Do you know who painted this picture? Nope, it’s not a trick question or a contest. The artist didn’t sign it and I am asking the question as a favour for a friend who owns it. I realize that the likelihood of a visitor knowing the artist or anything about this work is remote, but I promised to help the owner use the Internet to at least ask. And the obvious place to start is right here.
This oil painting was left to my friend when his grandparents died. His grandfather immigrated from England in the early 1900s. His grandmother was a second generation Canadian whose own grandmother had immigrated from Scotland as a young girl. They met and married in Canada. Shortly after his arrival, he started working for the Canadian National Railway eventually becoming a Station Master. He was working there when the deadly Spanish Flu epidemic struck in 1918. This terrible disease eventually killed 50 to 100 million people around the world. Because he was so exposed to the public and constantly handling money (since he sold all the tickets), he assumed that he would eventually be infected, too. For the rest of his life he attributed his luck for not catching the flu to the fact that after selling tickets he always washed his hands with a strong yellow carbolic soap.
This painting was likely in the possession of one of my friend’s grandparents before they were married. So it may well be that the artist was either English or Scottish. One vexing question is, “Is this painting even an original or is it a copy rendered by someone else? Another mystery is “When was it painted?” My guess is sometime between the latter half of the 1800s to about the start of World War I. It’s a small painting about 6 1/2″ x 9 1/2″ (16.5 x 24.1 cm) and, if an original, likely executed by a competent artist or by a talented amateur. It doesn’t appear to be painted by a Canadian artist of any popular repute.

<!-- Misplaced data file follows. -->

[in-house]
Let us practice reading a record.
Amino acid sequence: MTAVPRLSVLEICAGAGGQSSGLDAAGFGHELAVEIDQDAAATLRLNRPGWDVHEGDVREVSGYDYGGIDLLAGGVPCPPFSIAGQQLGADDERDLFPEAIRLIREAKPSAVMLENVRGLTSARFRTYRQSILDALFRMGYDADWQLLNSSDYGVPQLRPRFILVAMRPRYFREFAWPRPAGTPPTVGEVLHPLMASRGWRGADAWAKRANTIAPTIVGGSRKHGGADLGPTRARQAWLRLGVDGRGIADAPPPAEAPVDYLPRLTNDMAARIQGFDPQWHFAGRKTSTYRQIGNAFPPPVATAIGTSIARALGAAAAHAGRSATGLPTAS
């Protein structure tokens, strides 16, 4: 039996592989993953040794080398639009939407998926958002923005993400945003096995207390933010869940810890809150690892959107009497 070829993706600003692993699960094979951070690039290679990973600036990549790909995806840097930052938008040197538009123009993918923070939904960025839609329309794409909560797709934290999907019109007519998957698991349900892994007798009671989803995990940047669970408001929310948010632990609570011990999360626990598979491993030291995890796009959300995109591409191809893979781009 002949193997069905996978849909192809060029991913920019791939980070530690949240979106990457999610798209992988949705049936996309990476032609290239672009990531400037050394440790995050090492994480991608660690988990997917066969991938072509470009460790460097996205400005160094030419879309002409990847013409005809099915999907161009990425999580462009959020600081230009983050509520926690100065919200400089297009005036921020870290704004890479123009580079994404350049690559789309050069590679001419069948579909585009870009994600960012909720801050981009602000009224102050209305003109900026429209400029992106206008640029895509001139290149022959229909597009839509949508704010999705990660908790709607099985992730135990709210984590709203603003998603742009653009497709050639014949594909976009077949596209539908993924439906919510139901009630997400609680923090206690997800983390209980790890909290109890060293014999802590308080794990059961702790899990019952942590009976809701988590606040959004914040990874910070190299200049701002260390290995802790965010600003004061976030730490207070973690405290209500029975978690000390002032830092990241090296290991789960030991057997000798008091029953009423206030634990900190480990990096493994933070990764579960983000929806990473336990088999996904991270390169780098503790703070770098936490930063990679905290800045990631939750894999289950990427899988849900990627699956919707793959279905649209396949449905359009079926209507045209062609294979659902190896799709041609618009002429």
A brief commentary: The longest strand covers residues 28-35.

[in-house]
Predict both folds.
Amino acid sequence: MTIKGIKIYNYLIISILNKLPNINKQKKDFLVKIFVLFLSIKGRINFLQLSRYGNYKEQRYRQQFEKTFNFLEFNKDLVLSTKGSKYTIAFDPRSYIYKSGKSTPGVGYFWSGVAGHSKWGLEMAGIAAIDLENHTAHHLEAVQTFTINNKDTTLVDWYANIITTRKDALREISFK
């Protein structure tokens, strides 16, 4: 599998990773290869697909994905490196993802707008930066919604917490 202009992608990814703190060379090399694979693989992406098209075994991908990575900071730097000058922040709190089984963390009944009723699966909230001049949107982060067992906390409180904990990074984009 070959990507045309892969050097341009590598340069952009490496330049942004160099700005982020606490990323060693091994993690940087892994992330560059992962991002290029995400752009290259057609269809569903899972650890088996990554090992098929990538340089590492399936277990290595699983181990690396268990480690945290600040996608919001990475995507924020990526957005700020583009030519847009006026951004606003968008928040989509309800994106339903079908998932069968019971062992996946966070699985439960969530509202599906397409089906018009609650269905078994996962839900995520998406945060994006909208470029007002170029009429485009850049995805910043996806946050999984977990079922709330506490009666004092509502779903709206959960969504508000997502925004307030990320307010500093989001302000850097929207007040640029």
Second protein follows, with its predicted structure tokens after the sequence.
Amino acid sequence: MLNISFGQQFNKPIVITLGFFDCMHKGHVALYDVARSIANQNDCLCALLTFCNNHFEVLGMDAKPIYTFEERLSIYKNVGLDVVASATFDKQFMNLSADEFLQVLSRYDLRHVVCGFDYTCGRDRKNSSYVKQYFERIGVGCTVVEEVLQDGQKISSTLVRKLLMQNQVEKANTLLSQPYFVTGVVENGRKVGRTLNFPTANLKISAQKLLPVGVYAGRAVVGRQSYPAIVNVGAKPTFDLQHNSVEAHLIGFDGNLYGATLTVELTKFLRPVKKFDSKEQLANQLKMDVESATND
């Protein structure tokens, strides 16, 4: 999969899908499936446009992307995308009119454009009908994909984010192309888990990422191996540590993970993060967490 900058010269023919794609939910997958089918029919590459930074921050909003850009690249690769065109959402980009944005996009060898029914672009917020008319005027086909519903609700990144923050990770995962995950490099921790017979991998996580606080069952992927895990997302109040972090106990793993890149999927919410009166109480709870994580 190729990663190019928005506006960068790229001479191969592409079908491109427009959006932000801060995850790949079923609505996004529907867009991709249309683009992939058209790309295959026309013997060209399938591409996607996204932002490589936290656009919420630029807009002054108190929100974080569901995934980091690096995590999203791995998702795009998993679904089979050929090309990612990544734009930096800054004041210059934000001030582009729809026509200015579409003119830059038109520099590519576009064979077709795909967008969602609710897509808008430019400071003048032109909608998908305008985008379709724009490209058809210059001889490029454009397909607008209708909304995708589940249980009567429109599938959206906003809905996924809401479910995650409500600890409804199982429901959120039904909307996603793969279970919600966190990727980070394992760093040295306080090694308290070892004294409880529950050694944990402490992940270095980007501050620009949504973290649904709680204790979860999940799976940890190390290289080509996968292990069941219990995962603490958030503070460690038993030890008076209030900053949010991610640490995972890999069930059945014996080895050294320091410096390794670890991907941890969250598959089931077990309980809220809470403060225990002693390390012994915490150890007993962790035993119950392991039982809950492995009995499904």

Finally, it’s possible that the painting could have come from almost anywhere as a gift to my friend’s grandparents. Not only was his grandfather well-liked, both were considered big-hearted and generous. During the Great Depression, they were always amazed at how many transients would knock on their door asking if they could work for a meal. (Transients during the Depression were not bums looking for a free meal. They were often family men travelling from town to town desperately looking for any work.) Their neighbours never seemed to get so many men knocking on their doors. Then one day, grandfather discovered why. While cleaning around the bulletin board at the train station he noticed a handwritten note that said if you were willing to chop some wood or do other chores for a meal, go to this address — they never turn anyone away. The address on the note belonged to my friend’s grandfather.
If you can help identify the artist, please contact Steve Carlson at 647-292-2400 or contact us by e-mail. Or, if you prefer, please add your comment to this post.
And thank you for considering this request.